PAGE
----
Beethoven in 1803
Beethoven’s only violin concerto was composed in 1806. It’s his Op. 61 which places it very much in the composer’s so-called middle period (with the 3rd, ‘Eroica’ Symphony, Op. 55; 4th & 5th Symphonies (Op. 60 & 67); the three Rasumovsky Quartets, Op. 59; the 4th Piano Concerto, Op. 58; etc.)
Written for the violinist Franz Clement – whose own 1st Violin Concerto in D (you can listen to it below) had appeared the previous year in a benefit concert that also saw the premier of the Eroica Symphony – the work was composed very quickly and to a rather(?) tight deadline, so tight was this deadline in fact that (so the story goes) both soloist and orchestra were forced to sight-read for the latter half of the performance! This might go some way to explaining why the work then lapsed into obscurity and was only resurrected when a 12 year old violinist (named Joseph Joachim) and a conductor (named Felix Mendelssohn) together with the orchestra of London Philharmonic Society gave a much acclaimed performance in 1844.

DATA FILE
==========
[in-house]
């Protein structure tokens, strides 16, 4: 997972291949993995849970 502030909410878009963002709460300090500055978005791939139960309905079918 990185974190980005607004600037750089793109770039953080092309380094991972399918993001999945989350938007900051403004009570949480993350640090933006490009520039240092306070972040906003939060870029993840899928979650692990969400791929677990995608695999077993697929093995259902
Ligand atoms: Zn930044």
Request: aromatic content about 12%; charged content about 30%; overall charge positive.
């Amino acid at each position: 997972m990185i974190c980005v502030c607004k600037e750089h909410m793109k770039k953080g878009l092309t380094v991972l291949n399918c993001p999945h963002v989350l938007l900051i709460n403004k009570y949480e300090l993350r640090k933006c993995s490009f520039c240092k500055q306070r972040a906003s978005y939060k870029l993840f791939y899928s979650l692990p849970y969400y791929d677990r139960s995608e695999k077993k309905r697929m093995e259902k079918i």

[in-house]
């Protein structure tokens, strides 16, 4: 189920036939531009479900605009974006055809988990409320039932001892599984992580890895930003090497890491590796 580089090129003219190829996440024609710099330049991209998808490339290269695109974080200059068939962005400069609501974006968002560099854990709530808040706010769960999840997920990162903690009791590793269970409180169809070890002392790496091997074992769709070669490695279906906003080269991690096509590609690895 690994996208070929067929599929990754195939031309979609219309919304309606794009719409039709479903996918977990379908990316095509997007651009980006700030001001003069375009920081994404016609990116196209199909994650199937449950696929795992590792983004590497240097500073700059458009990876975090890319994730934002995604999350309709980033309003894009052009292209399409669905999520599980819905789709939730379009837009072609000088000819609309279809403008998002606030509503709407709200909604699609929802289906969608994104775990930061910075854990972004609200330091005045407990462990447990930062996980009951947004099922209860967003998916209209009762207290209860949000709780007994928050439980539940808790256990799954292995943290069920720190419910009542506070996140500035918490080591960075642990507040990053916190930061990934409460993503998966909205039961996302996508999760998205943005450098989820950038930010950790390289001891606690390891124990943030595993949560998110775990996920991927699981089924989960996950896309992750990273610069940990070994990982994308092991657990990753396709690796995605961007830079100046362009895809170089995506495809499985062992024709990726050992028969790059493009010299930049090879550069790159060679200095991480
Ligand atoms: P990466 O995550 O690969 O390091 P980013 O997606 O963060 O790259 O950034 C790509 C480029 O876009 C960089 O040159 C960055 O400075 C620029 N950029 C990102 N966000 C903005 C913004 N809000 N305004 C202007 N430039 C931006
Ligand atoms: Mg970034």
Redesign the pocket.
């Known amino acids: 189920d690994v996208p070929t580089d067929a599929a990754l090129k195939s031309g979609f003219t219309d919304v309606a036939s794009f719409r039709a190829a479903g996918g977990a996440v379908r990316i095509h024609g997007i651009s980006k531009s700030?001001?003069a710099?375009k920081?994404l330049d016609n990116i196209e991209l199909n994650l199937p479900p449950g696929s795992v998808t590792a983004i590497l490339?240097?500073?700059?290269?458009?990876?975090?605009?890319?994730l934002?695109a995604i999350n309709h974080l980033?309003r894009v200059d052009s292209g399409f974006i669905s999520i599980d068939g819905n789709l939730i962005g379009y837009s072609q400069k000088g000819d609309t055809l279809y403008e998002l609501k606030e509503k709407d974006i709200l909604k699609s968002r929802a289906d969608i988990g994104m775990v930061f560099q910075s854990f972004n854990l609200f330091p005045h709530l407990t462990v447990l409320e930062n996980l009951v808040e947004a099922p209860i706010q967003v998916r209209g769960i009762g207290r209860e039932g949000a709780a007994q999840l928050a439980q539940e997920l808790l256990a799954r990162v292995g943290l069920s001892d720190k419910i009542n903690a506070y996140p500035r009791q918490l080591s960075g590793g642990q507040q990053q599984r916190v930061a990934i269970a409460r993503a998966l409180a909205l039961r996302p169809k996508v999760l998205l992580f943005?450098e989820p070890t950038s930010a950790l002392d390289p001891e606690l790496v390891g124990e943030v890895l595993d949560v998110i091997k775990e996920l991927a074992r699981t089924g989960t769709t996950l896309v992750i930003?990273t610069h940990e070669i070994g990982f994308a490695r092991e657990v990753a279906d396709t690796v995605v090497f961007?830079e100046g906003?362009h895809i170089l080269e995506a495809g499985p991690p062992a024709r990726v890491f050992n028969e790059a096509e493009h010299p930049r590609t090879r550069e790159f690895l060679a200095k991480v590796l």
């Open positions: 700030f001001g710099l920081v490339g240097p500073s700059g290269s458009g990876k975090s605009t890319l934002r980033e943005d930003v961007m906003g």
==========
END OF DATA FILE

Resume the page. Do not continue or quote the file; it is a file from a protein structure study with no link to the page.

Two interpretations to choose from (or you can listen to both – it’s really quite instructive to compare them). A modern recording by Perlman and Barenboim …
… and – rather a rarity – the Russian virtuoso, Leonid Kogan playing in 1966 with Louis de Froment and the ORTF orchestra:
The autograph of the opening of the concerto.
The page contains one of Beethoven’s dreadful puns, a reference to the work’s late completion, it reads:
Concerto par Clemenza pour Clement [Concerto by Clemency for Clement]
The first concerto by Beethoven’s soloist, Franz Clement:
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